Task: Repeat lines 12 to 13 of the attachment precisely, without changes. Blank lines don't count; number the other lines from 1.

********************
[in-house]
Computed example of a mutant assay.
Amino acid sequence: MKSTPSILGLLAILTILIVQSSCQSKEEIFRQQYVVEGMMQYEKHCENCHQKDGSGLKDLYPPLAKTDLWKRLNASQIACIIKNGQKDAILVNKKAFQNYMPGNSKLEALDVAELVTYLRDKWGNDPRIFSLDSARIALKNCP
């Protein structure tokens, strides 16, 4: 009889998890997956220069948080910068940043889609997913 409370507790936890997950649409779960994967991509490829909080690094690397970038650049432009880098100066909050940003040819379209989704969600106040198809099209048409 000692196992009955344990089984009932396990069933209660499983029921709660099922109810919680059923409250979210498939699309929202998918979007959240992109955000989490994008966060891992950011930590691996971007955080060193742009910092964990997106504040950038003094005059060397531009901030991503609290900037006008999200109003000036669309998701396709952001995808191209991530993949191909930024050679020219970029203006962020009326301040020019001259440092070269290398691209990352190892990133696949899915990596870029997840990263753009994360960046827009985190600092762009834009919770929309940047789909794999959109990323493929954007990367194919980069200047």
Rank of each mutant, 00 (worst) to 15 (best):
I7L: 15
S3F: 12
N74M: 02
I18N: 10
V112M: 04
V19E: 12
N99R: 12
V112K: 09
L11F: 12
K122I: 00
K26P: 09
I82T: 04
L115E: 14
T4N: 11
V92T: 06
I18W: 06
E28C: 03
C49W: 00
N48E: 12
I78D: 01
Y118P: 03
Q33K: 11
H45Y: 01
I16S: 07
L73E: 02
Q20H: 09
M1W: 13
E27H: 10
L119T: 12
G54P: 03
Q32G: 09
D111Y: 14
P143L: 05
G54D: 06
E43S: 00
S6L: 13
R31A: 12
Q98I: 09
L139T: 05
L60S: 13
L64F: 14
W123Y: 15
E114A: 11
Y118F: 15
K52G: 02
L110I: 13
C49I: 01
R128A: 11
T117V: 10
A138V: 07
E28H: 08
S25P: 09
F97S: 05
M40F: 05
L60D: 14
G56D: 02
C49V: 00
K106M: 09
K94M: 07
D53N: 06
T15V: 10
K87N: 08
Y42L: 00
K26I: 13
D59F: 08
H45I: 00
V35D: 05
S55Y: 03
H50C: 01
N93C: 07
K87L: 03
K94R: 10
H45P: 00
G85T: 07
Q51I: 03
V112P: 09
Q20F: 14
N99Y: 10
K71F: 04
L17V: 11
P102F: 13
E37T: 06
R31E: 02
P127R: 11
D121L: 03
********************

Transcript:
N99R: 12
V112K: 09